Pubdate: Tue, 27 Aug 2002
Source: Red Deer Advocate (CN AB)
Copyright: 2002 Red Deer Advocate
Author: Paul Giroux
Bookmark: (Parker, Terry)


It was refreshing to hear an honestly conservatively stated point of view 
in Greg Neiman's editorial on marijuana laws.

What made this editorial conservative was the fact that the case referred 
to was that of Terry Parker Jr.

The reasoning of the case went like this: since this man, Parker, had to 
chose between his health and the law, the law is unconstitutional. It 
declared this in July of 2000. It set aside judgement for one year in order 
for the government to change the law so that Parker and other people like 
him could receive a legal supply of cannabis.

This was not achieved. Parker did not, and as far as I know, still does not 
have a legal supply of cannabis, at least not by July 2001.

For me, it is unconstitutional that in the year 2002, the government is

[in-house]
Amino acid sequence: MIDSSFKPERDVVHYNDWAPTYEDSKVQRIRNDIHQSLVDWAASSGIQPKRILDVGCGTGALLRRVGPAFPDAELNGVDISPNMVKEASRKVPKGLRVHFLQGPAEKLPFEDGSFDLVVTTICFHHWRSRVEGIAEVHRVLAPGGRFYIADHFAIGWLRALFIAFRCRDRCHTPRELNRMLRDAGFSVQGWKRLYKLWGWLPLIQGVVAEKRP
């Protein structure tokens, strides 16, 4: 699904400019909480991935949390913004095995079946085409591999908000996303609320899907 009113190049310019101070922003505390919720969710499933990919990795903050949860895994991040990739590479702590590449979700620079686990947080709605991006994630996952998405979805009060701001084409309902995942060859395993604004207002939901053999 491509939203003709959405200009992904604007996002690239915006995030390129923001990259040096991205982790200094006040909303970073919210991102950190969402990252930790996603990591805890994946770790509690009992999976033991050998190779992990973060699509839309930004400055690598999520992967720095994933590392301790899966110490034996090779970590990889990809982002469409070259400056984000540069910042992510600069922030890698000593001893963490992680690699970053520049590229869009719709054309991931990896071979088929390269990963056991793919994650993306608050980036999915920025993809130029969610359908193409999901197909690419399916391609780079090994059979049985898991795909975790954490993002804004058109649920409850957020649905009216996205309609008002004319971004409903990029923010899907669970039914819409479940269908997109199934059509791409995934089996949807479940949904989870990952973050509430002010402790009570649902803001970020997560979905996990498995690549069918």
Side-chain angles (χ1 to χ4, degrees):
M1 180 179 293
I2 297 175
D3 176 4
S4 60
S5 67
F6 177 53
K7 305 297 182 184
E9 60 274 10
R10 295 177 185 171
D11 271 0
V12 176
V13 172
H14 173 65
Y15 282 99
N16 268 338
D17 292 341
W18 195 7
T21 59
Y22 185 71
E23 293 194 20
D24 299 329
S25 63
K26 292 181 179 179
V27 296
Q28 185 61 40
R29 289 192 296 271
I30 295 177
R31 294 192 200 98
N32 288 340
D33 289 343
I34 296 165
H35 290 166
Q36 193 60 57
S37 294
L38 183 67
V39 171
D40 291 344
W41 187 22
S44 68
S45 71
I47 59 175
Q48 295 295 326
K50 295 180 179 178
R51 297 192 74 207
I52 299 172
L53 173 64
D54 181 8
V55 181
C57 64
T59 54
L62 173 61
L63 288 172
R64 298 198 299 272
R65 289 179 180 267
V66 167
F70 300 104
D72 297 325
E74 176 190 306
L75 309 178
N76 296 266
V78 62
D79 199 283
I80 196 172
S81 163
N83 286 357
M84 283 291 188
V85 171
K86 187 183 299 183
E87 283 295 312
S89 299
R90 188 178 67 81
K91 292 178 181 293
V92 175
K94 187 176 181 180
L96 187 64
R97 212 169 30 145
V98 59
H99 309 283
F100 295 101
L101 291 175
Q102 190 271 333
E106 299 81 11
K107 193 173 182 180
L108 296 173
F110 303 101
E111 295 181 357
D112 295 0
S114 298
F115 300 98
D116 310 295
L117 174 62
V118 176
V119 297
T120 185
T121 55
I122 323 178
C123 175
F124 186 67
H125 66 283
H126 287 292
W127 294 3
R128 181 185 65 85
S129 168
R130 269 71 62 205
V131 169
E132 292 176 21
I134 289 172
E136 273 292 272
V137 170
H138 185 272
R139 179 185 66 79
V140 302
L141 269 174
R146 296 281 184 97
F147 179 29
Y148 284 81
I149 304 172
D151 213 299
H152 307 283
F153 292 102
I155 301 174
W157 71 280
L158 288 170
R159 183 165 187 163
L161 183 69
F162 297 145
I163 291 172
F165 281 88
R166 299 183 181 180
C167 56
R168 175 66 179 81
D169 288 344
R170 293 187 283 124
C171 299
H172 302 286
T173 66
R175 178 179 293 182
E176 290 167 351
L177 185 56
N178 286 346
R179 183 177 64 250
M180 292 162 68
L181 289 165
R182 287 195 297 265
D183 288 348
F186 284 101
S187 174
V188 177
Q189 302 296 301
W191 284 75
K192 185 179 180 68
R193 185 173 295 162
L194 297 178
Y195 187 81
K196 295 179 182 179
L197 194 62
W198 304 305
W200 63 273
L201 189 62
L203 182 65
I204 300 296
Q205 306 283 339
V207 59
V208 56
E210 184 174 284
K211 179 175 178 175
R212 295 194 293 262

still using prohibitionary laws, even after all that we have been through 
before with the prohibition of alcohol.

It is unconscionable that they are going after anybody at all for 
prohibitionary laws. It is criminal that the government is still going 
after medicinal patients under the same laws.

That Anne McLellan is trying to push her anti-smoking policies into the 
medicinal cannabis program is foolish. Read the side of a can of tobacco, 
Anne, it tells how many people die from smoking tobacco.

Where are all the deaths caused from smoking cannabis in the last 30 years? 
How about the last 5,000 years? We do not need any more surveys or 
medicinal tests. We have been through them as a society.

It is time to end the civil war that is "prohibition."

Paul Giroux

Marijuana Party Champlain, Quebec
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